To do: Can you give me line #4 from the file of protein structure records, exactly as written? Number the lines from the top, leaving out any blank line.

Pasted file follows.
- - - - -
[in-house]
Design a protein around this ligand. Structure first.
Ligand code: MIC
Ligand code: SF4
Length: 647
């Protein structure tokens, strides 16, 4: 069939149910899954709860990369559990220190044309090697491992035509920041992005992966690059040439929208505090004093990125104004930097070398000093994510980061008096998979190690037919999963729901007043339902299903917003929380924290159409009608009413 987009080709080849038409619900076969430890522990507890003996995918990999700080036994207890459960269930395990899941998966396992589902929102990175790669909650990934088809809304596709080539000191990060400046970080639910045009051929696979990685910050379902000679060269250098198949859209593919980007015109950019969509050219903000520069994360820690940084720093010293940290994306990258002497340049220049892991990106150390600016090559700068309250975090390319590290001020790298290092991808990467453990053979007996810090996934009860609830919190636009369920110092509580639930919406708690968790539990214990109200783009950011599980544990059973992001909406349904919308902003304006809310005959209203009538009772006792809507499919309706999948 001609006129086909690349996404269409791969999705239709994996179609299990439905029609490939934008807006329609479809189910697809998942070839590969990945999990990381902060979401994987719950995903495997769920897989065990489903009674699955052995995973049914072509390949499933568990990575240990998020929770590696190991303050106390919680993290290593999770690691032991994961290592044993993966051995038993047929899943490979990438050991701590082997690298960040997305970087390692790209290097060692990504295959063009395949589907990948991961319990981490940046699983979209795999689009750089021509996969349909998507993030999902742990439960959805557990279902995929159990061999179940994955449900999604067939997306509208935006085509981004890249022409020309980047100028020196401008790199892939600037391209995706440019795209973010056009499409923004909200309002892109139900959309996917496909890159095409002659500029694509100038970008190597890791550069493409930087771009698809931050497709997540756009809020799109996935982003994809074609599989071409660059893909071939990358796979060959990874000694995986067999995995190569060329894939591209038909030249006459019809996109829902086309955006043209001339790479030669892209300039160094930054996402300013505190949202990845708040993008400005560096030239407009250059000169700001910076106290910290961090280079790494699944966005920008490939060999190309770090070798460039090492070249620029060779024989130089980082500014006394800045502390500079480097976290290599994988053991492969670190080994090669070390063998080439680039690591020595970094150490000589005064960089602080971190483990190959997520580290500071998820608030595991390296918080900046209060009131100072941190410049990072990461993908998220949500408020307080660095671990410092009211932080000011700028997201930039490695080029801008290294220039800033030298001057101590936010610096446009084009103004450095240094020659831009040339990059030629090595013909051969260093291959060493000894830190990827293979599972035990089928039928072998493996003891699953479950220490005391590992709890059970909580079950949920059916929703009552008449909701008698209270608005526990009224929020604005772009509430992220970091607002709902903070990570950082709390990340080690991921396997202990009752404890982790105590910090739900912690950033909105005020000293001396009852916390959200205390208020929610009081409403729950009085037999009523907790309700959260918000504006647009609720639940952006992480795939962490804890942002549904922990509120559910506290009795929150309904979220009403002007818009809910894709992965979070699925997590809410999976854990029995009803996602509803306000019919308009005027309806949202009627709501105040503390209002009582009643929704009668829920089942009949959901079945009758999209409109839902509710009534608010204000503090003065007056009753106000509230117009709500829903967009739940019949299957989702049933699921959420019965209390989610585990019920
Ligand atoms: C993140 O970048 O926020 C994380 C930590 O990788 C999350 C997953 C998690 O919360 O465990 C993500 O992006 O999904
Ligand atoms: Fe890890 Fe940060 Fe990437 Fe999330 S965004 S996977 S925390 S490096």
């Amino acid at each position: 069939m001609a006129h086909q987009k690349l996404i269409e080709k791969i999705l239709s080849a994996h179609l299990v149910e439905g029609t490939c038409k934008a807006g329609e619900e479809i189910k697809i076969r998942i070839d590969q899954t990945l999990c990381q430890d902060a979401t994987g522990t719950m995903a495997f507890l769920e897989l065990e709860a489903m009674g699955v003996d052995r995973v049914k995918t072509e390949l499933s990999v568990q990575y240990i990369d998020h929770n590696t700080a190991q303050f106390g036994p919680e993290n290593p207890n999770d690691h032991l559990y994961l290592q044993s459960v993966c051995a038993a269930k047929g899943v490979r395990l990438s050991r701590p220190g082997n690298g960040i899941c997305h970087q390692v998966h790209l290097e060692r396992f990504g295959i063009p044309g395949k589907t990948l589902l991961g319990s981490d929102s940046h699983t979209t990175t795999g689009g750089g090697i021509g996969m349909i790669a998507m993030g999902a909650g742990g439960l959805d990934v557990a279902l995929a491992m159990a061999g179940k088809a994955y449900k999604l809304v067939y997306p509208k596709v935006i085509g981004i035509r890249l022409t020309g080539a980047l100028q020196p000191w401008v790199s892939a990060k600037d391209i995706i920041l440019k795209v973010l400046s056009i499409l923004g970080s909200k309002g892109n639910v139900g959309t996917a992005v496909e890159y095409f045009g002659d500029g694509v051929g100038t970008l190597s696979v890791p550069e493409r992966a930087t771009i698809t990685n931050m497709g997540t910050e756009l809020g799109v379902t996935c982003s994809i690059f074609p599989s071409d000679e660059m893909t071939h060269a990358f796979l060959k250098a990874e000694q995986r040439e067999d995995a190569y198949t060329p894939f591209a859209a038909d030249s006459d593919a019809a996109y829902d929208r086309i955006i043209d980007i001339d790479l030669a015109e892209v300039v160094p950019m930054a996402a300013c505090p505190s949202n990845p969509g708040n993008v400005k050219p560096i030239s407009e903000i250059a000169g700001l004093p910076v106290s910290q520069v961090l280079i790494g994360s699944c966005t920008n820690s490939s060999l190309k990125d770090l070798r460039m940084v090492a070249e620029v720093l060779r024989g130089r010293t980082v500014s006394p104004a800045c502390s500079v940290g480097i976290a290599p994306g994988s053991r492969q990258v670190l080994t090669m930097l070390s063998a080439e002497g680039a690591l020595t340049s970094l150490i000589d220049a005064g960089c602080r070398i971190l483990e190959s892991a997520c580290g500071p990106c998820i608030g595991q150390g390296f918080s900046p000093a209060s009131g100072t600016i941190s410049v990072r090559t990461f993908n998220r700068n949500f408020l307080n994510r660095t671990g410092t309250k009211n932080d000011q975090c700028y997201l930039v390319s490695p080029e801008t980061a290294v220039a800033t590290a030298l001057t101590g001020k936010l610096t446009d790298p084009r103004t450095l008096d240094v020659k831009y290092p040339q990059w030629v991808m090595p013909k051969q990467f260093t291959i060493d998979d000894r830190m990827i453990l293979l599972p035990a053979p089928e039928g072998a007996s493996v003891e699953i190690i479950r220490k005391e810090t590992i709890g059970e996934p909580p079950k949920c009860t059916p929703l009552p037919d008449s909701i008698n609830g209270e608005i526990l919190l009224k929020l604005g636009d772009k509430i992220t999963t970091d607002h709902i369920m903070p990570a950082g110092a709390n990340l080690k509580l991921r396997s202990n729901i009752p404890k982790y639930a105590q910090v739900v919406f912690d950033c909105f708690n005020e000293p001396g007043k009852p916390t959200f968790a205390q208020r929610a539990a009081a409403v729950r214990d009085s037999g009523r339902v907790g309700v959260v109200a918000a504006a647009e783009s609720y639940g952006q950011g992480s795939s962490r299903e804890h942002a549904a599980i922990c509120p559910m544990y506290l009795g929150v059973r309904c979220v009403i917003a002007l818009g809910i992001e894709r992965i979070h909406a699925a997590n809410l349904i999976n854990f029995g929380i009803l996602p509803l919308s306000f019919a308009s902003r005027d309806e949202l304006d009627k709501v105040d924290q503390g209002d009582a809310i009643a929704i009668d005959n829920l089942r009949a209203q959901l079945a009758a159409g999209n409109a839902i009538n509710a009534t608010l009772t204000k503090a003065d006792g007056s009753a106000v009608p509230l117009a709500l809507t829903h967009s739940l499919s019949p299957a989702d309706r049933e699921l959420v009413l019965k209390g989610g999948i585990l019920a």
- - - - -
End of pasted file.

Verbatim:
Ligand code: SF4